June 1956. In a courtroom here, closed to spectators except the press, a jury convicted Frank J. Snider of rape. Snider was 29, a burly, 200-pound, itinerant steelworker. The victim was a 9-year-old girl. And the sentence was death.
"I'd like to kill you if I could get my hands on you," Snider shorted at the prosecutor, tears streaming down his face as he said goodbye to his parents. Tattoos rippling on beefy arms, Snider was led away in handcuffs and leg shackles. The same night he was in a tiny, dank basement cell in the Richmond penitentiary. Death row.
What happened then has become part of the folklore of Virginia prison history. It is a tale of the state's style of punishment, differing notions of what is just retribution for a heinous crime and, most of all, an attorney's 25-year battle on behalf of a client who could never pay him and who has served more time than many convicted murderers.
"If I'd had any other lawyer, I wouldn't be here," says Snider, who spend 13 years awaiting electrocution, a state record, and ate his "last meal" three times. "There's not another attorney in the would who would have done what he did."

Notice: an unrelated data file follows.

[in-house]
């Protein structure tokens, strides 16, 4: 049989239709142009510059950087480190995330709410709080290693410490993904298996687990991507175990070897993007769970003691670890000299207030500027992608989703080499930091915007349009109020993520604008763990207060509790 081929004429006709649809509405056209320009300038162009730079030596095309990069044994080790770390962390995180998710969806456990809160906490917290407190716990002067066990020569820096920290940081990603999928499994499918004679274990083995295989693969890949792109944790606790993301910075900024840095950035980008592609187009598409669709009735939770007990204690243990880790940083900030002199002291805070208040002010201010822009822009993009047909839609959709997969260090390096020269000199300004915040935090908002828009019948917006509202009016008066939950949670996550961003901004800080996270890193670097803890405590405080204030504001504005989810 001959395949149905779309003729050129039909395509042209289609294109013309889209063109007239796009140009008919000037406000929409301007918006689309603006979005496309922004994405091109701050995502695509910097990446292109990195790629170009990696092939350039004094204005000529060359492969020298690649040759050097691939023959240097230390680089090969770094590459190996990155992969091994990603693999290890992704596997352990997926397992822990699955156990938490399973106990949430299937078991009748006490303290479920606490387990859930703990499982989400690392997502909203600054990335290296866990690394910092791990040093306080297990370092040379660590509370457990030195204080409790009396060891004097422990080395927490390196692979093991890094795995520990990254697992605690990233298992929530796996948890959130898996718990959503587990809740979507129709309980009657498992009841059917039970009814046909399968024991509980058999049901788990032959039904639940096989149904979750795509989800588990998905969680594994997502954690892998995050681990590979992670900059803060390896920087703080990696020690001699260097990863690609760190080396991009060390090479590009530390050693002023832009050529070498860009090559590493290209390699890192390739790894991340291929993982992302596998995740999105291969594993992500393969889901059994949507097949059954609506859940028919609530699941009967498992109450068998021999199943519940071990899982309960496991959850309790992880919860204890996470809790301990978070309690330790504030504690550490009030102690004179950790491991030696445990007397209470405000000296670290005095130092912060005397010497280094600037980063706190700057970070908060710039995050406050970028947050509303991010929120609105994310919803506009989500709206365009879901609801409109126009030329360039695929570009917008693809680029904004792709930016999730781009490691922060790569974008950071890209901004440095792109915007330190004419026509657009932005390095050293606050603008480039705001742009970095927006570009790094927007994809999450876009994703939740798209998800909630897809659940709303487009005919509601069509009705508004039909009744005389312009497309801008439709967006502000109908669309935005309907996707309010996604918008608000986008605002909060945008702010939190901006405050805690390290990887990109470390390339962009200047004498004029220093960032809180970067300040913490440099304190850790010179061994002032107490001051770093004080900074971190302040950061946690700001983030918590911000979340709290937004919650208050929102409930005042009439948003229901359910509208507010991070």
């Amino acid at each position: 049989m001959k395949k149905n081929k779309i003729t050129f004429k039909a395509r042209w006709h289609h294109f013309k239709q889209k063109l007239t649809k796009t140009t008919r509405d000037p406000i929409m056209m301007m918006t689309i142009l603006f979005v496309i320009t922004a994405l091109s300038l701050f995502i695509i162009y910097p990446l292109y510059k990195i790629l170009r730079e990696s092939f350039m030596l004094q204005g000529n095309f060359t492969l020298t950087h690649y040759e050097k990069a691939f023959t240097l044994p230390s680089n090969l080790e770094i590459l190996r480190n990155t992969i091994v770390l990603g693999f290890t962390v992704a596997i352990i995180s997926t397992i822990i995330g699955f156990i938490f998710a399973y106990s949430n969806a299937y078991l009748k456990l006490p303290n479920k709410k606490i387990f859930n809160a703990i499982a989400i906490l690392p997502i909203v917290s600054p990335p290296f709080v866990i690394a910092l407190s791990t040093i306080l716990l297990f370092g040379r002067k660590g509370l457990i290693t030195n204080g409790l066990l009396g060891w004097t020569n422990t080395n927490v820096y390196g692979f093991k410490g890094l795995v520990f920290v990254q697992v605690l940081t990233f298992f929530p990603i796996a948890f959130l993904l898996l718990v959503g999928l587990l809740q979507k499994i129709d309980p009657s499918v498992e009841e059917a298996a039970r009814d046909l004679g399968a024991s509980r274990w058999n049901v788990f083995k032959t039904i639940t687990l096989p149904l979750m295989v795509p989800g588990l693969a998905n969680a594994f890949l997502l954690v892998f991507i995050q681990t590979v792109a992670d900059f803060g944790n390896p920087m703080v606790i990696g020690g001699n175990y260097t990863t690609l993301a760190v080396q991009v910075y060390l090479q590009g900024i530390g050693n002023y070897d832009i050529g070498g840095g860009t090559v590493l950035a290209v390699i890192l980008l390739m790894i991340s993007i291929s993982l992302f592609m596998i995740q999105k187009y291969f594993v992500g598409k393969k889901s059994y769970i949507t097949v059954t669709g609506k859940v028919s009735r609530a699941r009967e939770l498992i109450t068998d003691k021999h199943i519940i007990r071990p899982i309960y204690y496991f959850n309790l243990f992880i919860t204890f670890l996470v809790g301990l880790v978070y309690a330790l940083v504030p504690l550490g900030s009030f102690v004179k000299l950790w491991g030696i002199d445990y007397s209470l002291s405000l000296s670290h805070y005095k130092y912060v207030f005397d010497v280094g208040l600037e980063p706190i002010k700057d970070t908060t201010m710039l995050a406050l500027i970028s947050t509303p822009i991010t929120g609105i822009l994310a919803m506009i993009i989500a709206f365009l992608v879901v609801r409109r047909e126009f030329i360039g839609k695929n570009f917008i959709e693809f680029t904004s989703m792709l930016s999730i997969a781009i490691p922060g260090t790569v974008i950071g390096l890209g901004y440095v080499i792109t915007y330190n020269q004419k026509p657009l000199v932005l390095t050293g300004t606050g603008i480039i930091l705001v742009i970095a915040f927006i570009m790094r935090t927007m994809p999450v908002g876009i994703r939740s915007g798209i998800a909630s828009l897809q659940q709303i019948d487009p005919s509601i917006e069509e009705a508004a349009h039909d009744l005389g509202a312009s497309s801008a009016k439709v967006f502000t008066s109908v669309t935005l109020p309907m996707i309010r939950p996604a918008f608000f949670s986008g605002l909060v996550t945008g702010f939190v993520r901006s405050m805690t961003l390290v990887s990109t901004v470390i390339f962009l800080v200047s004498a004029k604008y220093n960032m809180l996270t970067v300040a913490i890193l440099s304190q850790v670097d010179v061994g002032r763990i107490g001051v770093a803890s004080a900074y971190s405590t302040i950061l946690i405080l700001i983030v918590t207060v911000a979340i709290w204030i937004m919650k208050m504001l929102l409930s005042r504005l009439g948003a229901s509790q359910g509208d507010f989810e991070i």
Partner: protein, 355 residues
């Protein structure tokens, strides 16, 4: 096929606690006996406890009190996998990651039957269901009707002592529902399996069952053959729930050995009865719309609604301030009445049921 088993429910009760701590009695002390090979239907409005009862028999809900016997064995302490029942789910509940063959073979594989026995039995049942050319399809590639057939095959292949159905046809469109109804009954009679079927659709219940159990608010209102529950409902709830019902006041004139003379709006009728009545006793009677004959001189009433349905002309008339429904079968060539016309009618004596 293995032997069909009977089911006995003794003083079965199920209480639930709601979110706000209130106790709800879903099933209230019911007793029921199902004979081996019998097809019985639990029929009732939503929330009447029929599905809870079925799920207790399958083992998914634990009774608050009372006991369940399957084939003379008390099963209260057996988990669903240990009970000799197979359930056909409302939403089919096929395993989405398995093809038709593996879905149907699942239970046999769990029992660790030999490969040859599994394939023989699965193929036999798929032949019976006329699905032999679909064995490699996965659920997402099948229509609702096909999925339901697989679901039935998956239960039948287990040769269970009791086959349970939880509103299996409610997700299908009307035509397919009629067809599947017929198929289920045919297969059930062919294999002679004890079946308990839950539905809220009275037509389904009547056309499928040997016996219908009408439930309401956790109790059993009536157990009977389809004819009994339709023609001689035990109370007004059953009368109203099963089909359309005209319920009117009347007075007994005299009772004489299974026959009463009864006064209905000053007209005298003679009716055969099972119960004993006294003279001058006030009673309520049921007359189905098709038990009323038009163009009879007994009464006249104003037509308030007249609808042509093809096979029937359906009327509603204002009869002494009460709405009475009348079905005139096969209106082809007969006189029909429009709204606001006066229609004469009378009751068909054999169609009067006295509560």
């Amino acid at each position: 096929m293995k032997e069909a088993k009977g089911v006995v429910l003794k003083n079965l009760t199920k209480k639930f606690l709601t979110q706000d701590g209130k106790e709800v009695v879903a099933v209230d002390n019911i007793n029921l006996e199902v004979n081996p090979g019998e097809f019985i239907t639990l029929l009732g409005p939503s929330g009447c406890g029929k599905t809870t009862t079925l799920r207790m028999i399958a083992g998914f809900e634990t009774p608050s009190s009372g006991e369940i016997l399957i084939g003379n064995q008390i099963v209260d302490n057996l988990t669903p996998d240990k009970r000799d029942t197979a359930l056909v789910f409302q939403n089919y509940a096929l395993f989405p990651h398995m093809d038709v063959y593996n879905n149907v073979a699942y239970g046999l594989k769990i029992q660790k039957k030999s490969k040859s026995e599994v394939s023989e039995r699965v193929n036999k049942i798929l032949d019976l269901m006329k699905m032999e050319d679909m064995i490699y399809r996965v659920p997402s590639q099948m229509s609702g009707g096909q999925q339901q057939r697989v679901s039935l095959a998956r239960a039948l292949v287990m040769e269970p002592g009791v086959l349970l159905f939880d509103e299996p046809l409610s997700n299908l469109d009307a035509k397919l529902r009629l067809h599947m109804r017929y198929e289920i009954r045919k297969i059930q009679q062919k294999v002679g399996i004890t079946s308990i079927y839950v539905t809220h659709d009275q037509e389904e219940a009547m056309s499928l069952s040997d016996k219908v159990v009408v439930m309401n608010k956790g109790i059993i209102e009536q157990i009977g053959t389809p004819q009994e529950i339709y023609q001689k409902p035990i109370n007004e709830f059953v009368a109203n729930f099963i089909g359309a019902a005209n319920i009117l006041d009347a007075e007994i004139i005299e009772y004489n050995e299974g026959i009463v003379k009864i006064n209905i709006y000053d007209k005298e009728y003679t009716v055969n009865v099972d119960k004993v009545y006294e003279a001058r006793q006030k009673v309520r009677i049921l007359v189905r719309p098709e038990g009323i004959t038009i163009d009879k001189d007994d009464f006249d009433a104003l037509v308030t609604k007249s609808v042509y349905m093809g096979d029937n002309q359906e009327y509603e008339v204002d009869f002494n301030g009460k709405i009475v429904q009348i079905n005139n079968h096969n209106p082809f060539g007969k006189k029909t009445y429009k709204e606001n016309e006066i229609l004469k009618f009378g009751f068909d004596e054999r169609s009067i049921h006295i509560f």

Says the attorney, Harvey S. Lutins, simply: "It was my legacy. I was too scared not to save him."
Having cheated the executioner years ago, Snider petitioner Gov. John N. Dalton, who left office Saturday, to free him from prison. Dalton denied the request according to Lutins, who said he will renew his request for executive clemency with Gov. Charles S. Robb "as soon as he settles in."
Few convicted rapists in Virginia have served as long as Snider. According to the latest available figures, 47 such inmates were released from the state's prisons in fiscal 1979 after serving an average of 3.2 years on average sentences of 9.2 years. Many Virginia prosecutors and legislators say the state's recently toughened rape statute, which provides penalties from five years to life, is warranted.
"If ought to be more than five to life," says state Sen. Richard Saslaw (D-Fairfax), an advocate of longer rape sentences."Quite frankly, a rapist shouldn't be getting out [of prison] until his total sentence is served, and maybe even more.You can't rehabilitate a rapist."
"Rape is by far one of the most emotional crimes, even more than some murders," says Alexandria Commonwealth's Attorney John Kloch, who two years ago won a conviction in a rape-murder case involving a 5-year-old. "And it often has more lasting implications."
Harvey Lutins leans forward in his highback leather chair. He is now a prosperous, middle-aged lawyer with pinky ring and gold bracelet, ensconced in a private office of decorator floral print fabrics and framed diplomas. From a fat file on his desk, he reads snatches of prison correspondence from Frank Snider.